Ministry of Planning and IMA take action to protect Mangrove forests

Trinidad and Tobago has not been immune to mangrove loss. Globally, over 50% of mangrove cover has been lost in the last 50 years. Much of the mangrove forests in  Trinidad and Tobago have been impacted by human activities, and are now projected to be negatively affected by sea-level rise especially where they are starved of sediment and/or constrained on the landward side by built development – a process known as coastal squeeze. 

Mangrove coverage declined in Trinidad by 252.4 ha (3.3%) from 7686.6 ha in 2007 to 7434.2 ha in 2014, while in Tobago it declined by 16.6 ha (7.8 %) from 212.7 ha in 2007 to 196.1 ha in 2014. 

Declines over the 7 year period were recorded in Caroni Swamp and this was primarily due to erosion on the seaward side, and large areas of mangrove die-off north of Blue River; Godineau Swamp - as mangroves were cleared to facilitate a highway; and at Cuesa River in Chaguaramas, Guaracara River, Marabella and North Claxton Bay due to development. In Waterloo, mangrove loss has resulted because of severe coastal erosion. In Tobago, notable decline was observed in Buccoo Bay, while minor declines were recorded in Little Rockly Bay, Louis D’or, Minister’s Bay and Petit Trou Lagoon. 

While these may seem like small declines, the impacts of mangrove loss are significant. With an estimated 80% of all socio-economic activities and 70% of our population located near the coast, mangrove protection is vital for the safety and livelihoods of our communities. 

The Ministry of Planning is taking action to reduce the threats to and promote sustainable use of mangrove forests. Through the Institute of Marine Affairs (IMA), and in collaboration with the University of the West Indies (UWI), workshops and a demonstration project is being undertaken with farmers to show them alternatives to using fertilizers and pesticides, with the hope of reducing pollution from agricultural runoff in the southern side of the Caroni Swamp. Farmers often use these agrichemicals, and runoff containing these pollutants negatively impact mangrove forests. 

The Planning Ministry is also working to strengthen the protection and management of these vital resources. Through the Improving Forestry and Protected Areas Management in Trinidad and Tobago (IFPAMTT) project, management plans have been developed for six pilot protected areas: Northeast Tobago marine area, Main Ridge Forest Reserve, Matura Forest and coastal zone, Trinity Hills Wildlife Sanctuary, and two wetlands containing mangrove forests - the Nariva Swamp and coastal zone and Caroni Swamp. This project has resulted in the allocation of more resources to effectively enforce protection of these areas.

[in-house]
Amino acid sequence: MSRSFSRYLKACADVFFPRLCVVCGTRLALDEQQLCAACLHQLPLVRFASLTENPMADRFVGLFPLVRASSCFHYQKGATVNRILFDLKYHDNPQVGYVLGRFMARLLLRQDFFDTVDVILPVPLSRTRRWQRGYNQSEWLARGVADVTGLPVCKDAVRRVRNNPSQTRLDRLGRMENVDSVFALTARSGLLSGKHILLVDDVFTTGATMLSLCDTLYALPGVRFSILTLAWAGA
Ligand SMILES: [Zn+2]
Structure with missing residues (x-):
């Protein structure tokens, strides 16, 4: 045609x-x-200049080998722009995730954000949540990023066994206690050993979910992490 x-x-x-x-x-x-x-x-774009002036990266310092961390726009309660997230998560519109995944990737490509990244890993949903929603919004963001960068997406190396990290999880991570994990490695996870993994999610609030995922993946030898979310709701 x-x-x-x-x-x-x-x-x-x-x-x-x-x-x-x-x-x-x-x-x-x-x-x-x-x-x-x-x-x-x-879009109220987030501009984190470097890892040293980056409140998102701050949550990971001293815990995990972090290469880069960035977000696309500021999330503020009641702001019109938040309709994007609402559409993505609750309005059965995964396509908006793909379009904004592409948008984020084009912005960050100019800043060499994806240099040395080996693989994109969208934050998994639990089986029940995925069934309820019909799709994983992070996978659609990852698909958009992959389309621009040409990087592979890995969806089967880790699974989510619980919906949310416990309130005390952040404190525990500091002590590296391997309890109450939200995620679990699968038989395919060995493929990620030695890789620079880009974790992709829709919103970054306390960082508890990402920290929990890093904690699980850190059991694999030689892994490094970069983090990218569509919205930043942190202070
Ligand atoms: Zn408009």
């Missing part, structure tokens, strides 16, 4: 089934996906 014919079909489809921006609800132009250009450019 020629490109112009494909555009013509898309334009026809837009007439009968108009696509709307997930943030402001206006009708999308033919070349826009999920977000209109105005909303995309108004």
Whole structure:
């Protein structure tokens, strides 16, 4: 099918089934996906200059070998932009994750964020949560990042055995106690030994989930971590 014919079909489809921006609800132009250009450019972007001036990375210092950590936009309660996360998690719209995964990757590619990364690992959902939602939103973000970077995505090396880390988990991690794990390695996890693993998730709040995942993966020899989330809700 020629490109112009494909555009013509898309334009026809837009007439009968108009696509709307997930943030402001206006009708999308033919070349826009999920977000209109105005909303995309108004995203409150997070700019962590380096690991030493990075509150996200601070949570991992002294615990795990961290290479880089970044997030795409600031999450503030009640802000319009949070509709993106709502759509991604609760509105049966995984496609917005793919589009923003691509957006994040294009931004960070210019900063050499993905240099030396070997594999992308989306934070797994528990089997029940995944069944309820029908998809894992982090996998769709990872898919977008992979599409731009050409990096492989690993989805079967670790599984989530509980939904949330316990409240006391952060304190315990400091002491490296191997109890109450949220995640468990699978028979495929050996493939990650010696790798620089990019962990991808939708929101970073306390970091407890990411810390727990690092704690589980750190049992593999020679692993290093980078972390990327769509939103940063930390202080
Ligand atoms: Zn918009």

The IFPAMTT project recently saw the conclusion of a socio-economic survey on the status of forests and protected areas in Trinidad and Tobago, which included the mangrove forests at Caroni Swamp and Nariva swamp. This survey, which focused on the 6 pilot protected areas, has put a monetary value of 18 million+ TTD to the benefits that can be derived from effective and sustainable management of these resources from just those areas.

The Ministry of Planning recognizes the capacity of mangroves to offset carbon emissions by capturing and storing carbon dioxide and through the IMA, in collaboration with the UWI, is undertaking work to measure carbon sequestration of our mangrove forests and to put a monetary value for this service. This work is aligned to Trinidad and Tobago’s National Development Strategy Vision 2030 which though Theme V -  Placing the Environment at the Centre of Social and Economic Development, makes environmental protection and conservation an essential pillar of our developmental trajectory.

Without these critical interventions by the Ministry of Planning and the IMA, loss of mangrove forest can result in increased threats to human safety and increased damage to shorelines from coastal hazards such as erosion, flooding, and storm waves and surges. Mangrove loss can decrease coastal water quality, reduce biodiversity, eliminate fish and crustacean nursery habitat, adversely affect adjacent coastal habitats, and eliminate a major resource for human communities that traditionally rely on mangroves for numerous products and services.  Furthermore, mangrove destruction can release large quantities of stored carbon and exacerbate global warming trends. 

Minister in the Ministry of Planning and Development, the Honourable Cherrie-Ann Crichlow-Cockburn, in her new role emphasizes the Government’s commitment to safeguarding Trinidad and Tobago’s environmental resources for future generations.

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